I raved about this time of year in my last trip report of Arun & Reeta’s safari. And I was very pleased to be able to guide Jackie & Colin from Flatdogs Camp last week and enjoy more of the beautiful early season in Luangwa.

So, in a rough order of appearance, here are the stars of our safari from last week.

We started our first morning with some wonderful giraffe antics along the main river. Giraffes are never in a hurry to drink – as they seem to be disproportionately fearful of crocodiles! – so we had plenty of time to enjoy them on the golden sand.
Some silly zebra behaviour kept us entertained for a while as the evening light softened and we discussed side-lighting as compared to the usual “put the sun behind you” approach.
Following some puku who appeared to have spotted something scary in a nearby gully, we approached carefully and found this leopard patrolling the bottom of the drainage channel. She is well known to us and gives us great sightings on an almost daily basis.
She carefully raised her head above the edge of the gully, checked around and discovered that most of the antelope had moved off…..
…..so she hopped up on top to survey the plain for hunting opportunities!
Part of the joy of photographic safaris is the chance to make beautiful images out of ordinary situations. This impala was standing proudly against a dark green background. A camera would normally over-expose such a scene, destroying the effect, but with the suggestion to under-expose slightly, the images came out beautifully.
Many photographers seek a clear view of their subjects – and there is certainly merit in this – but occasionally it is good to include some of the foliage/environment in front of the subject. It adds depth and context to the setting and offers a new perspective.
We enjoyed watching a flock of Lillian’s love birds feeding on seeds on the broken ground. Occasionally, they would explode from the ground in a dazzle of green so I suggested slowing down the shutter to between 1/125 and 1/320 to get a shot that showed that movement.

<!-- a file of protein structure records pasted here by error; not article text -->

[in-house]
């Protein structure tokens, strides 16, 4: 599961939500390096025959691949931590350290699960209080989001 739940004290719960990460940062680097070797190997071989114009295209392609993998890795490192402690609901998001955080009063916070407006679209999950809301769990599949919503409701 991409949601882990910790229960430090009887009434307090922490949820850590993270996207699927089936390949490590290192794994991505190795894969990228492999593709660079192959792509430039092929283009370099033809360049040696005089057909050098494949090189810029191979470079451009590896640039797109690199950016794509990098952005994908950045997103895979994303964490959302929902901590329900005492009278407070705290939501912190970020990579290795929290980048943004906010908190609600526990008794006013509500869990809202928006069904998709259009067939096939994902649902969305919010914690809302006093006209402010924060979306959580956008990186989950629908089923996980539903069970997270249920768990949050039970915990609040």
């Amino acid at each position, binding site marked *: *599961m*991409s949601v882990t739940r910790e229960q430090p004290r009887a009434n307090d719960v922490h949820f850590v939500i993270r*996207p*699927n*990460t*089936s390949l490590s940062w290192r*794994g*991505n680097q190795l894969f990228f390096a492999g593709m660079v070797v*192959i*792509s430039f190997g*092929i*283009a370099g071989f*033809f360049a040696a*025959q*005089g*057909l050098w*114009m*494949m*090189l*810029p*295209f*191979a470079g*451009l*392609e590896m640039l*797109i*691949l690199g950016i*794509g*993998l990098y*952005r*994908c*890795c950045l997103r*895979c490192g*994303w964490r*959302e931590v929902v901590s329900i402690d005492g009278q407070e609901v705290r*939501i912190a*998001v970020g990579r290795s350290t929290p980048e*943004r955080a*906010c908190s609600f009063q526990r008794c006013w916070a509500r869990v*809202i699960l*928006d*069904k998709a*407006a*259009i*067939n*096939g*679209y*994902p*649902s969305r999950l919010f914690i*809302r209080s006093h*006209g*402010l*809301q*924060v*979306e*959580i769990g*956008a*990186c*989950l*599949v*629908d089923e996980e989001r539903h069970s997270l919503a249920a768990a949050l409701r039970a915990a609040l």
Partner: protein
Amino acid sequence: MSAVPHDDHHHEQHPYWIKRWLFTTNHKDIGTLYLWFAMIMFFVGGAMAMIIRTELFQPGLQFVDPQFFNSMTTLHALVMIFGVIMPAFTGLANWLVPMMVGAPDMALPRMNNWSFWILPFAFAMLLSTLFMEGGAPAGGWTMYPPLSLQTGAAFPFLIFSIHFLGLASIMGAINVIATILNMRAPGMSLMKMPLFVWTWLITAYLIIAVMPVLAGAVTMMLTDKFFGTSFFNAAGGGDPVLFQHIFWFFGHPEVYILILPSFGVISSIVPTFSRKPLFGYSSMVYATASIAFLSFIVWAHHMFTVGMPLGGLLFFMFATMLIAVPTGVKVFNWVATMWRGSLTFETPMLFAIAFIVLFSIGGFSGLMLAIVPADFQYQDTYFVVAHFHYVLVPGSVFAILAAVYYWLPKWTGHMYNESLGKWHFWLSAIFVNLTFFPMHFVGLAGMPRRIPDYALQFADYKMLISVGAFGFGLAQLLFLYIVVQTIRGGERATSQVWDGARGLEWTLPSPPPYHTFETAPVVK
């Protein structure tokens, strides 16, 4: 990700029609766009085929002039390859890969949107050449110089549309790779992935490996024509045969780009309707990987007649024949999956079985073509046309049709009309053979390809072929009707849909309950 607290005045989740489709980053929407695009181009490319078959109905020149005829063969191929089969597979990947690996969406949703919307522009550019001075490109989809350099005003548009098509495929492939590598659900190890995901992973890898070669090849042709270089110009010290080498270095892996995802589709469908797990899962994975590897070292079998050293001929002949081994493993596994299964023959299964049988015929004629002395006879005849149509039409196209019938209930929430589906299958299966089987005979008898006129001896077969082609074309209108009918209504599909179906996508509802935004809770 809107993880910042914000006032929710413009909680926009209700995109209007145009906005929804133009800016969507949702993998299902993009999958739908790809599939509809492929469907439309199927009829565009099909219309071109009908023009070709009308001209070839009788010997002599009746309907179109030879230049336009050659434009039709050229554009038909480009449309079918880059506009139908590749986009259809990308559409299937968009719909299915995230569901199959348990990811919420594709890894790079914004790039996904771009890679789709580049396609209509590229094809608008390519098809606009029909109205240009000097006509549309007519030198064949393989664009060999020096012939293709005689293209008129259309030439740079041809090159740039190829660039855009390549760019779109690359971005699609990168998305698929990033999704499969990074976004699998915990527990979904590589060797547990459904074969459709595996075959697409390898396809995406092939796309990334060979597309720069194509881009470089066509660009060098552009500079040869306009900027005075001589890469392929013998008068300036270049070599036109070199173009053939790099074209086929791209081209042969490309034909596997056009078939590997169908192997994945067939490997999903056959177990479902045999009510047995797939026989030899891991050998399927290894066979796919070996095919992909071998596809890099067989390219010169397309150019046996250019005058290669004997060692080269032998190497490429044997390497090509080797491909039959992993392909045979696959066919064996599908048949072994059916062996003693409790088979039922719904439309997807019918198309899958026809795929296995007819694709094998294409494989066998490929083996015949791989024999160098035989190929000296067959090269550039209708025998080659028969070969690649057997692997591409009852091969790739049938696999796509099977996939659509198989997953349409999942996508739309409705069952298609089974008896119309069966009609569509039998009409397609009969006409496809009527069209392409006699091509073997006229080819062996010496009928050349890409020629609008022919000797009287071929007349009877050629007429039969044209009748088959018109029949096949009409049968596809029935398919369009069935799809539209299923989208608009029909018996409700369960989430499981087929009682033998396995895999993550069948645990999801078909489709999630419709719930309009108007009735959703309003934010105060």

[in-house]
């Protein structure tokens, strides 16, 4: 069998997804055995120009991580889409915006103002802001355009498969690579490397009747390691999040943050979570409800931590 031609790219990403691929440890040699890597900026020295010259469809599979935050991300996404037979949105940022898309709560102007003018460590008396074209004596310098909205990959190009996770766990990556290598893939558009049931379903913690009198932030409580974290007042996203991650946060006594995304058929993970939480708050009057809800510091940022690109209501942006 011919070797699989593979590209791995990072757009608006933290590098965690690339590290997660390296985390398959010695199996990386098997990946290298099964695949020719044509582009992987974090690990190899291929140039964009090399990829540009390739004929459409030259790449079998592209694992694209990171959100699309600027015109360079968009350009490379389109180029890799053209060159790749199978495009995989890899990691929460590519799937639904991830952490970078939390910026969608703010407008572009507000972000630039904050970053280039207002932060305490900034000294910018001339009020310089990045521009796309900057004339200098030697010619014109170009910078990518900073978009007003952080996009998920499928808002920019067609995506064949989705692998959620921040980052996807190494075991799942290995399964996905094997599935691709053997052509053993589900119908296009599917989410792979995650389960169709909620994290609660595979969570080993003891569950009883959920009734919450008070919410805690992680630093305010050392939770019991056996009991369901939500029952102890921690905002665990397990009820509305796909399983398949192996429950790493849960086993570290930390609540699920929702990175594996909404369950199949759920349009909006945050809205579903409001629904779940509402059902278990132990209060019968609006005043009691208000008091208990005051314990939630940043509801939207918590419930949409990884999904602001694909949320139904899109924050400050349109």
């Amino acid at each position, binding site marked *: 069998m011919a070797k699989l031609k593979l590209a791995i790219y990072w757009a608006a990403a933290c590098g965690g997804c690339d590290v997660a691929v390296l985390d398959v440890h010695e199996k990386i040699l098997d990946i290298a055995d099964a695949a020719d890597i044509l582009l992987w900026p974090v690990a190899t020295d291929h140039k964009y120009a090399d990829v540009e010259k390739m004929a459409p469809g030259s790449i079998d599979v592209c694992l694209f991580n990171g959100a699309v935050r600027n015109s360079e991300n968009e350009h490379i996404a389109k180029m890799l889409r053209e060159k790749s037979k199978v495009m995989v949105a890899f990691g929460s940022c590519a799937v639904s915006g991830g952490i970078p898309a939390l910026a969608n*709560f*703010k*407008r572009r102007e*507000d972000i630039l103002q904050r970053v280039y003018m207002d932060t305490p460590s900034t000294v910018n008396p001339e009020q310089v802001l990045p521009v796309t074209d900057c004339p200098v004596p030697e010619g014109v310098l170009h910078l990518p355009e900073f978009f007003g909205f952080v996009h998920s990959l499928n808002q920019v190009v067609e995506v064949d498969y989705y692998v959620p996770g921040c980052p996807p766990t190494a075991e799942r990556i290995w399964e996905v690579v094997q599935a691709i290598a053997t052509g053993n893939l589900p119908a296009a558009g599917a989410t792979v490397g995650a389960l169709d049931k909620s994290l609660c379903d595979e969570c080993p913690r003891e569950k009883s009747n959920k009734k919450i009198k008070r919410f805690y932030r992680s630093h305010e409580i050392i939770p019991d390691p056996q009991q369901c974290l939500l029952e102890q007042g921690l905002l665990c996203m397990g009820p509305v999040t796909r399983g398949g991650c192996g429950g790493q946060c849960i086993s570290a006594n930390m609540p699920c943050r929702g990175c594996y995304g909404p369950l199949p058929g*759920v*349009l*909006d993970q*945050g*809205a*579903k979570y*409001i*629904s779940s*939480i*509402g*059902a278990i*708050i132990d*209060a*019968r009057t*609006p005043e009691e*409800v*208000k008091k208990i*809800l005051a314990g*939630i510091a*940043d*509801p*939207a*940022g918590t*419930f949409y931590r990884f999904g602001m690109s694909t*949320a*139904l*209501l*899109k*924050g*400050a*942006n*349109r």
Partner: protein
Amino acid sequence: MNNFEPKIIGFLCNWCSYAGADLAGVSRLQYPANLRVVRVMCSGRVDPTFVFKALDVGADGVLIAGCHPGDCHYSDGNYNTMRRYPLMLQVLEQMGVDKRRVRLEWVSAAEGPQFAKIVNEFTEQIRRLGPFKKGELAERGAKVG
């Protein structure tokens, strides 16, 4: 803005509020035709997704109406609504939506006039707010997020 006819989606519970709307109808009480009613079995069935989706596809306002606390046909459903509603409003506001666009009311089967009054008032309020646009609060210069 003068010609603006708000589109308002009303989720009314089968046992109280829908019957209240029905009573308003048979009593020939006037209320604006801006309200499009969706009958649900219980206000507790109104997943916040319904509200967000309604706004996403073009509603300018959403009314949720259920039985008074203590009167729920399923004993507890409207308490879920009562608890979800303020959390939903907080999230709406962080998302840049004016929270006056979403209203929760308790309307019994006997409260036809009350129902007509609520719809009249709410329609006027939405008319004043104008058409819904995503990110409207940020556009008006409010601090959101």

Getting a shot of large mammal in front of the sunset is always a joy, but this is challenging in several ways. Balancing the light is tricky, and because of the limits of the sensor’s dynamic range, often the foreground ends up very dark, or the sun loses all its colour, or both! By putting the sun behind a tree, you can cut some of its brightness without losing the colour entirely. This makes it easier to balance the bright sun with the dark foreground.
Our final day gave us some outstanding sightings. We stared with a leopard who ran across a river bed, but didn’t hang around, and then we found a young female leopard who had recently killed a young male impala. She had dragged it into a tree and was beginning to feed.
Later that afternoon, we scouted around the same area to seek out the leopard’s cub and found him resting on an exposed branch in the afternoon sunshine!
Later that evening, the two leopards came out from their hiding places and wandered towards where we were waiting. We’d had to be patient to see the two together but it was well worth the wait!
Our final sighting of the day came when were having a drink along the riverbank at sunset. One of our two pride males appeared out of the bushes and wandered out into the open. He was observed from all sides by pukus who whistled incessantly!

This is a magic national park with wonderful sightings to be enjoyed. If you would like to visit, consider contacting me about a group or private safari. I had a great time with Jackie & Colin and hope that our paths might cross again one day!

Please turn on Javascript

Your web browser appears not to have Javascript enabled, please enable it to use the form below.

This is required to prevent spam and we sincerely apologise for any inconvenience caused.

Leave a comment

Your Name
Your Email

Your Comment
No info required here, please press the button below.